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Irina Slav

Irina Slav

Irina is a writer for Oilprice.com with over a decade of experience writing on the oil and gas industry.

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Oil Heads For Another Week Of Losses As Recession Fears Mount

  • Oil prices are set to record another weekly loss, continuing a trend that has seen oil prices tumble from early June highs.
  • Threats from Putin that Russia will stop supplying oil to any countries that implement a price cap added some upward pressure to prices.
  • All eyes will be on OPEC+ if oil prices continue to fall, with the group making clear that it will intervene if oil prices fall too low.
Oil Prices

Crude oil prices appear to be set for another losing week pressured by central bank monetary policies and continued demand concern.

Brent crude was trading at above $89 per barrel and West Texas Intermediate was at over $84 per barrel at the time of writing, both modestly up on morning trade in Europe, largely thanks to renewed supply fears after Russia’s warning it would stop selling oil to countries that enforce a price cap.

"Will there be any political decisions that contradict the contracts? Yes, we just won't fulfill them. We will not supply anything at all if it contradicts our interests," President Vladimir Putin said this week following news of a gas price cap being considered by the EU.

"We will not supply gas, oil, coal, heating oil - we will not supply anything," he added.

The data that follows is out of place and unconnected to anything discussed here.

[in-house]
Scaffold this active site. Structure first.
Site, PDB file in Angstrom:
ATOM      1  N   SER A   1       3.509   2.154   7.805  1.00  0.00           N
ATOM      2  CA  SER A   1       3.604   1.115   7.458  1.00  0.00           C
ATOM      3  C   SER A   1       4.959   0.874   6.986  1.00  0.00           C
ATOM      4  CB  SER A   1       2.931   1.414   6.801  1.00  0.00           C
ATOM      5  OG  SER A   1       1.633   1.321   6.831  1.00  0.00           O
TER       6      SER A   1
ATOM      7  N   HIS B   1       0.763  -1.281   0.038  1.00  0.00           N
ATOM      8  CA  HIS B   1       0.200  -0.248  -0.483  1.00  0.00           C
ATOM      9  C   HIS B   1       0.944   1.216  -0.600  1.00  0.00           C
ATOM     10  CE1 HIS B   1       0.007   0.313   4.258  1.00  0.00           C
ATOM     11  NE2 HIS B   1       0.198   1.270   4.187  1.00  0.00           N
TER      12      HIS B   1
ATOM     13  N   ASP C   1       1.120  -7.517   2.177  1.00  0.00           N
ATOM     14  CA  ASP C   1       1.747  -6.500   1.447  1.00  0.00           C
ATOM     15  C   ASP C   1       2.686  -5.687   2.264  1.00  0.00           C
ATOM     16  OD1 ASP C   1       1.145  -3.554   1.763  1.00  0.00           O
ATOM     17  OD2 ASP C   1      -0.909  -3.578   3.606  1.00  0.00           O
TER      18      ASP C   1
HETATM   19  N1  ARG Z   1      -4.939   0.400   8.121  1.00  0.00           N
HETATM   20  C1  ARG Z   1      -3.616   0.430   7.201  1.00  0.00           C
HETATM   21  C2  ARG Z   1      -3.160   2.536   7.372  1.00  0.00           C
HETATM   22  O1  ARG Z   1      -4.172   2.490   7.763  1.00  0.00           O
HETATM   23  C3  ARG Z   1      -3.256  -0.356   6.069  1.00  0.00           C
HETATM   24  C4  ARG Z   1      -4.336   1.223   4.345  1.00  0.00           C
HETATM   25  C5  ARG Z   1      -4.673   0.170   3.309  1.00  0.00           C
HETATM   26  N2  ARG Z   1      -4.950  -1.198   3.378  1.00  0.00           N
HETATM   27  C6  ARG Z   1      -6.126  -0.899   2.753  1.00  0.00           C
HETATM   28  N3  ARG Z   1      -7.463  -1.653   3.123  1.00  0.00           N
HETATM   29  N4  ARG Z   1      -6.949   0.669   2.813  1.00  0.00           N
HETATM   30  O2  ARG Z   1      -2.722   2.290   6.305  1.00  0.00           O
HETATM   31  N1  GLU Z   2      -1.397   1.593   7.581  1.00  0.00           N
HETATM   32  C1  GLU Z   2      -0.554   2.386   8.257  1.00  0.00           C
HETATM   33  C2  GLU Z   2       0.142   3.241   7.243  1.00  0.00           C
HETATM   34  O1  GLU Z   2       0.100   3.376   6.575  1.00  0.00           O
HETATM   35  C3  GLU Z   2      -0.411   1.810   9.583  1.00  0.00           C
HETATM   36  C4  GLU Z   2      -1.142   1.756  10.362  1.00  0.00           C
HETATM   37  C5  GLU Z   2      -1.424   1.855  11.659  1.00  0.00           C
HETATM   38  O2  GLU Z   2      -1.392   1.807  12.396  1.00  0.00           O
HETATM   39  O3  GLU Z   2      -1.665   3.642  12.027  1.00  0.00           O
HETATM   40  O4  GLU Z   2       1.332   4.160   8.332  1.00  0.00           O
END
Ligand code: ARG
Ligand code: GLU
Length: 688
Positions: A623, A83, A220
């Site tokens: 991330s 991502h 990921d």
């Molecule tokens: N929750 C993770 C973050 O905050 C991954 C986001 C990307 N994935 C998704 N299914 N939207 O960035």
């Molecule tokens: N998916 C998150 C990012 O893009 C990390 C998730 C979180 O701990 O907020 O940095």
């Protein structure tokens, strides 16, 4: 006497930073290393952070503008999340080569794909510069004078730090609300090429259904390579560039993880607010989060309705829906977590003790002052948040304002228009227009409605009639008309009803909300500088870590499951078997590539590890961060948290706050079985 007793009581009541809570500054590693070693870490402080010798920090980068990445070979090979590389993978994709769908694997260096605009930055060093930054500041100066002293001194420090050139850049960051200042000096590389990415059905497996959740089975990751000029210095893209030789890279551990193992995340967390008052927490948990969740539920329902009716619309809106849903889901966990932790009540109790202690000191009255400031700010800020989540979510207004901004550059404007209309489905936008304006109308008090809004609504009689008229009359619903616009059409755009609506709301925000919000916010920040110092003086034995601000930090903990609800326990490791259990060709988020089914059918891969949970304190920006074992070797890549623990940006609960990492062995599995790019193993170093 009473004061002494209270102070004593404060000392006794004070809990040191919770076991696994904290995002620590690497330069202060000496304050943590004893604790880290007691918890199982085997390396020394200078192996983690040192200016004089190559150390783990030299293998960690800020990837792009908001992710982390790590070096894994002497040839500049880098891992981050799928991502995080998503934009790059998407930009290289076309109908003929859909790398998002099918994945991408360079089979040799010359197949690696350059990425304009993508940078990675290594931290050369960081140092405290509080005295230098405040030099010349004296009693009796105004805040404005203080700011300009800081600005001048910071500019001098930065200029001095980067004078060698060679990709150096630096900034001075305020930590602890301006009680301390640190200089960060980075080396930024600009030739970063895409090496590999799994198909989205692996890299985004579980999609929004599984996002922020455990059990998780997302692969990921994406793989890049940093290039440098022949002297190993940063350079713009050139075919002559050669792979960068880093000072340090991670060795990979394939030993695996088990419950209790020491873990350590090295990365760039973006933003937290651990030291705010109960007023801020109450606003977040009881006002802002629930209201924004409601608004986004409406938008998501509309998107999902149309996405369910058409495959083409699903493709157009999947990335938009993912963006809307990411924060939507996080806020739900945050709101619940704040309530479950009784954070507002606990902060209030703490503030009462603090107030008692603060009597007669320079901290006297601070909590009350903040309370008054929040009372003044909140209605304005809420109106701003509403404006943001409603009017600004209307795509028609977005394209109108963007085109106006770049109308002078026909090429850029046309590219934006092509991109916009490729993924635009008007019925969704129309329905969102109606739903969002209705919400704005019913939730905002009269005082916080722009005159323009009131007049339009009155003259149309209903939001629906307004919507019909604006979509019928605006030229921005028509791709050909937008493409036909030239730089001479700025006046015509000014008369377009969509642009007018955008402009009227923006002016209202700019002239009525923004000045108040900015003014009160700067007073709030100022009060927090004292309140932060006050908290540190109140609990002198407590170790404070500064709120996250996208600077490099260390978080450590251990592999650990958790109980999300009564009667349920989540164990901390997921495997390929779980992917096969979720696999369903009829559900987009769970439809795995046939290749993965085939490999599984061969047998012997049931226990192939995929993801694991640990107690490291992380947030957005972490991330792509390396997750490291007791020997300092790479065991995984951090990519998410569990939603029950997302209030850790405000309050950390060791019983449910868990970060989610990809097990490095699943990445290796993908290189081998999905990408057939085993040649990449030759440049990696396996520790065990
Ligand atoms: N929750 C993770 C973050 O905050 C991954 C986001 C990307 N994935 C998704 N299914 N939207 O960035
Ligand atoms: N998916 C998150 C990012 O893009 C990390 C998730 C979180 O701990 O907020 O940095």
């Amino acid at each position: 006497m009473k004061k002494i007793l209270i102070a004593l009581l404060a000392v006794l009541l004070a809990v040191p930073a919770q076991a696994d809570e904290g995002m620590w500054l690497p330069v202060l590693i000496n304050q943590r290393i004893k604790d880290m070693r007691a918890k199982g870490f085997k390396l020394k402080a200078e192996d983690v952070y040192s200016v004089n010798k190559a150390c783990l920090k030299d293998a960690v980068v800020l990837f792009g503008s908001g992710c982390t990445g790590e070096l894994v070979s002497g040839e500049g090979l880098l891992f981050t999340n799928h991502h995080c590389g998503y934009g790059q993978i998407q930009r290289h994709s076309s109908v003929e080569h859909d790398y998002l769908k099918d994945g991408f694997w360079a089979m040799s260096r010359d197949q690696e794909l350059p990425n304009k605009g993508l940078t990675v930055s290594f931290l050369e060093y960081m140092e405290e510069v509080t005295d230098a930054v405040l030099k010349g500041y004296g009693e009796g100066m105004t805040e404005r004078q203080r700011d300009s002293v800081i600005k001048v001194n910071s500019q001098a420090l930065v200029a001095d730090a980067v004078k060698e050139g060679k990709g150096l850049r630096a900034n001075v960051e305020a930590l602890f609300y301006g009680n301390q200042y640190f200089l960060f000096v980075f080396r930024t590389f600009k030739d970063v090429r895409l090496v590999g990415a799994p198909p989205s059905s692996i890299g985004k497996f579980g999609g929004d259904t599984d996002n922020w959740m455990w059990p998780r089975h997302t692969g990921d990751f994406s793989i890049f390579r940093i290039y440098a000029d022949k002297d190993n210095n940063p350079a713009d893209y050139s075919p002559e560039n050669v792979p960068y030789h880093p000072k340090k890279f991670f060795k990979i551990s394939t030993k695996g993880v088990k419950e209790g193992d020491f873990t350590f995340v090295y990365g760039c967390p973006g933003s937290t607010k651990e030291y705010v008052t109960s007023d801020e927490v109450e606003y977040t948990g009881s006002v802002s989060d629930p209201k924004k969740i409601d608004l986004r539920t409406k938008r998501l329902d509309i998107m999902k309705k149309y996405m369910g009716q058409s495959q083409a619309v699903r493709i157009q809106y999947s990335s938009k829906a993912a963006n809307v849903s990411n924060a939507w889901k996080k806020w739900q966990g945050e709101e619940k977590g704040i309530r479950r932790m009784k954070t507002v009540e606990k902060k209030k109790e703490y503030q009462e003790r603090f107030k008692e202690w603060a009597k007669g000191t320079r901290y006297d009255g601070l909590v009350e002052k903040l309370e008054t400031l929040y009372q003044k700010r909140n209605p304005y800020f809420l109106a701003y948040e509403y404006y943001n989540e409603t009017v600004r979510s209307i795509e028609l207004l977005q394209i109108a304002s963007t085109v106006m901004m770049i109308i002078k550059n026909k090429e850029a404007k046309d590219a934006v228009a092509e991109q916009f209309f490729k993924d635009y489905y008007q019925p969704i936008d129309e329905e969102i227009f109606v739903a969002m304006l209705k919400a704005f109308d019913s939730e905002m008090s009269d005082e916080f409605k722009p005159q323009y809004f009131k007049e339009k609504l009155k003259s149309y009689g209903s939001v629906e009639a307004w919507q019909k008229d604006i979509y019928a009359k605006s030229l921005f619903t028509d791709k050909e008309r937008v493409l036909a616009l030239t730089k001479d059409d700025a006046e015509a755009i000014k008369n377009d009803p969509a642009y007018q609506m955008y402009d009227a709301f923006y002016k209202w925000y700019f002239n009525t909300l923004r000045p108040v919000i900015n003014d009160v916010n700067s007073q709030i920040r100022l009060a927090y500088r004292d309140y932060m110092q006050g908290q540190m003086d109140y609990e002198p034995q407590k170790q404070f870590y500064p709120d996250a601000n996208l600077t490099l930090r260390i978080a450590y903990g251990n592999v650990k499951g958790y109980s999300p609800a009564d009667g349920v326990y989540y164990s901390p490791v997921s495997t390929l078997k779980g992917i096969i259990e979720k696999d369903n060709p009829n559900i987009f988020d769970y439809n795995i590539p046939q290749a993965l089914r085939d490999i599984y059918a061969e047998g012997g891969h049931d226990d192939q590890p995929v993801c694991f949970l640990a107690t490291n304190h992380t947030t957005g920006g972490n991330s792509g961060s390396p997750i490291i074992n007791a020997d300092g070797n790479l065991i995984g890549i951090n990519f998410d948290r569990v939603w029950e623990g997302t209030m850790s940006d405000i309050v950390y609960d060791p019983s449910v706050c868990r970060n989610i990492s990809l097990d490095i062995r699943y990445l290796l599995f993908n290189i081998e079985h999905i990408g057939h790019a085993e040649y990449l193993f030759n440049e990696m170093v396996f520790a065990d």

Meanwhile, the latest weekly EIA report on oil inventories added to downward pressure on prices as it estimated a sizeable inventory build of 8.8 million barrels for the week to September 2.

Yesterday, U.S. Energy Secretary Jennifer Granholm told Reuters the administration was considering an additional release of crude oil from the strategic petroleum reserve if it was necessary after October, when the current release plan ends.

The Biden administration had earlier this year said it would begin to replenish the SPR once the release program ends. It envisaged a total of 180 million barrels to be released into the market as a way of bringing retail fuel prices down.

"Fundamentally, a sharp decline in the US SPR suggests that undersupply is still a predominant issue in the physical oil markets, though recession fears may continue to weigh," CMC Markets analyst Tina Teng told Reuters today.

Recession fears also remain an important issue for prices, which earlier this week caused Brent to slide below $90 per barrel for the first time since February.

“The spectre of a demand-sapping recession across the western world is closer to becoming reality as soaring inflation and rising interest rates dents consumption,” PVM analyst Stephen Brennock told the FT.


By Irina Slav for Oilprice.com

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